According to Dr.web there is a new linux malware called Linux.BackDoor.FakeFile.1 , it can speared throught .pdf , gedit , open-office files .. , it can execute a multiples malicious functions using the user's right ( it doesn't require root privilege ) :

It then searches for a hidden file, whose name matches the file name of the Trojan, and replaces the executable file with it. For instance, if an ELF file of Linux.BackDoor.FakeFile.1 is named AnyName.pdf, the Trojan will search for a hidden file under the name .AnyName.pdf and then replace the original file with it by using the command mv.

Because the malware is recently (added on 2016-10-14) added to Dr.Web virus database, is that possible to verify linux systems by detecting and removing the backdoor through the command line ?

1 Answer 1


To detect the backdoor through the command line in user's home directory:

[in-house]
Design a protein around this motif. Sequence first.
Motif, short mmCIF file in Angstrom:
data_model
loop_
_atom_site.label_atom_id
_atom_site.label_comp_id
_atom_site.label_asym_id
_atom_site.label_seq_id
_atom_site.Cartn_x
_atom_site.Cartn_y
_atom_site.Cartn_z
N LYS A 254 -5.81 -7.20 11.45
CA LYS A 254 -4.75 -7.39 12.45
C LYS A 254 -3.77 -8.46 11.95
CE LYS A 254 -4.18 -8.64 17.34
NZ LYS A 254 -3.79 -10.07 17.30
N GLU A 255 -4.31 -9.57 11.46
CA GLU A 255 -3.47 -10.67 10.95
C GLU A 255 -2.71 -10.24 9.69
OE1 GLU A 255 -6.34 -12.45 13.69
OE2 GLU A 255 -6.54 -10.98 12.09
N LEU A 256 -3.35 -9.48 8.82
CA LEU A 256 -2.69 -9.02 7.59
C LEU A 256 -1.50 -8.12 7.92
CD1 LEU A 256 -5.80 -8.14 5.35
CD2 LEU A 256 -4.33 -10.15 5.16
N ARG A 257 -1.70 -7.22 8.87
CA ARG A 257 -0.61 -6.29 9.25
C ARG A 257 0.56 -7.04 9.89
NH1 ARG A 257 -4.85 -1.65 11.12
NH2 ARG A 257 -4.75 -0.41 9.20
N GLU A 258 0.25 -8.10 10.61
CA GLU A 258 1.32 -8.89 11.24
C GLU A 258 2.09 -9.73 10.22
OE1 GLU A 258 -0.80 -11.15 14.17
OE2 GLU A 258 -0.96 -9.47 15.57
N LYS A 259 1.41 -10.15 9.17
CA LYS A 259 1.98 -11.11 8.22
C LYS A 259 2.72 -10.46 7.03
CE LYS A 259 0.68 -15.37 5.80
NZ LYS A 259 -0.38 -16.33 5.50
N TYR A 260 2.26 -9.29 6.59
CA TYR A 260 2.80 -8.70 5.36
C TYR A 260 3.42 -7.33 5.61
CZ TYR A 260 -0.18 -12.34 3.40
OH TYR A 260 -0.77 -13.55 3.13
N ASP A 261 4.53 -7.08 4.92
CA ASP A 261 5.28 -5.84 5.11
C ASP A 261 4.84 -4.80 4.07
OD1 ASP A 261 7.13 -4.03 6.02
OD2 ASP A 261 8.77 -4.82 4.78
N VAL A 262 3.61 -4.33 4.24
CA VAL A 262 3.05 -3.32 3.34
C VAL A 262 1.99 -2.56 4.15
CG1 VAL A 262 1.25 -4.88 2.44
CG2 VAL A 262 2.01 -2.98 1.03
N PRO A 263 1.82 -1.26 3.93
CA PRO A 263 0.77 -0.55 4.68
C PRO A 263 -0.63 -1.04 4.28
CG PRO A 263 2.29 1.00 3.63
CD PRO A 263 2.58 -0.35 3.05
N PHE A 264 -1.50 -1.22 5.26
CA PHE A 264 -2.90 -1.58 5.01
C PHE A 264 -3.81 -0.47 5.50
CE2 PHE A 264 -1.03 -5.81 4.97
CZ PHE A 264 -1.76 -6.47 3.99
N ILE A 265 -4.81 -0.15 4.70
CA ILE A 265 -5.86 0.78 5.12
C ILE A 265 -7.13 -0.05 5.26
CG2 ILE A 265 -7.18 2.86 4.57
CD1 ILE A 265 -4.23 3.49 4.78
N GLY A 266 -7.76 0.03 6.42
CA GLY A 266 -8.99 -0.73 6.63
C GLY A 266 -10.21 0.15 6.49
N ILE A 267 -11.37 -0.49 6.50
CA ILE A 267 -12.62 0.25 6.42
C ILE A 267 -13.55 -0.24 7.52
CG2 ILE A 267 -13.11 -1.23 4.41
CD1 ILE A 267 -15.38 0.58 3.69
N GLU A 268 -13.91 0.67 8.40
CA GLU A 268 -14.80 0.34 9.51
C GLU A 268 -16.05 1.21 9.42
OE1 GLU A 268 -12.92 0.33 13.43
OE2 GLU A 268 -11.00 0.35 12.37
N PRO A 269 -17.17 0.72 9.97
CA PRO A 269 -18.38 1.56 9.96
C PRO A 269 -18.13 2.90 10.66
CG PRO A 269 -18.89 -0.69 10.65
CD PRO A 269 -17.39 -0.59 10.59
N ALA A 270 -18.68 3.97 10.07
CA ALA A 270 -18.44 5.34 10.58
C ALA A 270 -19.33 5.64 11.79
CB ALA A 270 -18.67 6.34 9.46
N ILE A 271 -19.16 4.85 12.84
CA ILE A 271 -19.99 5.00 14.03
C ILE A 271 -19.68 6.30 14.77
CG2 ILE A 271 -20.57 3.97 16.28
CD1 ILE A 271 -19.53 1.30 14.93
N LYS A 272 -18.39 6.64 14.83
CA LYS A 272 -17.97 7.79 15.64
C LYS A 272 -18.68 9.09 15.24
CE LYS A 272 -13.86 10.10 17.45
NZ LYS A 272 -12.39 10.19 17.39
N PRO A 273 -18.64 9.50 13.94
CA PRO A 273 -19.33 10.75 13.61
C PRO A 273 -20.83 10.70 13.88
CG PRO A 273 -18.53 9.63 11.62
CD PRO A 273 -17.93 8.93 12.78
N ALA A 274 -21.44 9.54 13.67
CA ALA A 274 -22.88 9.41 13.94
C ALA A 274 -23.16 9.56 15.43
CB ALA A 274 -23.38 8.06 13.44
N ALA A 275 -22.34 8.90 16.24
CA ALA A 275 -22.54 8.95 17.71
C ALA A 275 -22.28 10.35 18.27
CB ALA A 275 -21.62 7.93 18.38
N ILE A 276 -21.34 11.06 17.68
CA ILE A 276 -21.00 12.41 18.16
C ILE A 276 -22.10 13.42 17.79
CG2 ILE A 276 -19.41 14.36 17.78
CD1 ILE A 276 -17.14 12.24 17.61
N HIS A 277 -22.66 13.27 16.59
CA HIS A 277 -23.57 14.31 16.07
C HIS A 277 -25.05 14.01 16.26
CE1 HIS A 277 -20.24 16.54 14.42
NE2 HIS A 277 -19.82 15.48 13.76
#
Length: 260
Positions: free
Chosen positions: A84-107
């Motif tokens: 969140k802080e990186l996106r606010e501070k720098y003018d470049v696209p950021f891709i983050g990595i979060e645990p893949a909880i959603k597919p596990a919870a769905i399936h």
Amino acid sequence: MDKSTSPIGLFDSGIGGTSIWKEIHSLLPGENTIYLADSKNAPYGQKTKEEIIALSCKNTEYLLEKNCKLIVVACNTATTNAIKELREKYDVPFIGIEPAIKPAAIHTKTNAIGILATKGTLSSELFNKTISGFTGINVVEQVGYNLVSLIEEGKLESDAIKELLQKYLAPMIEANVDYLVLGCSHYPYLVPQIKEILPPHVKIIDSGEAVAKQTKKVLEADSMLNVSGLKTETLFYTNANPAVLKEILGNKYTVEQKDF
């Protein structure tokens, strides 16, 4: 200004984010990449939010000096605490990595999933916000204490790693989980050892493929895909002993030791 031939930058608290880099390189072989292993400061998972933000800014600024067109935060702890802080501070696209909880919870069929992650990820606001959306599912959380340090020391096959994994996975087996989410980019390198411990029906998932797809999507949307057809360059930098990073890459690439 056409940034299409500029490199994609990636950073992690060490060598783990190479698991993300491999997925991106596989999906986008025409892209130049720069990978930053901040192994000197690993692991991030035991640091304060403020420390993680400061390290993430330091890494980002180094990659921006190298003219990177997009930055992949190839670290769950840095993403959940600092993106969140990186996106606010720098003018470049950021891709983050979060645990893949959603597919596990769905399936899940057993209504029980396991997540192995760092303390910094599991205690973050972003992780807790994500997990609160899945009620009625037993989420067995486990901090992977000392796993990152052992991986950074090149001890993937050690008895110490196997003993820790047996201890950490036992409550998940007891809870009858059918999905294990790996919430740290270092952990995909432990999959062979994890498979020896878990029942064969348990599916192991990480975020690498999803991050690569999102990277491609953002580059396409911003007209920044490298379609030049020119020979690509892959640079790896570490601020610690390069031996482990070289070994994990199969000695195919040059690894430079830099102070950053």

if [ -d "~/.gconf/apps/gnome-common/" ] ; then if [ `sha1sum ~/.gconf/apps/gnome-common/gnome-common | awk '{print $1}'` = 0138fc4d50c734e288388f7c8cbbea5e2ad08a8b ] ; then  echo "Linux.BackDoor.FakeFile.1 was found!"; else echo "You havn't virus"; fi else echo "You havn't virus"; fi

I think, this backdoor virus can't start automatically. User must run it from command line. Nautilus can't start it. But if you mount /home directory without exec privileges, you can live happy!

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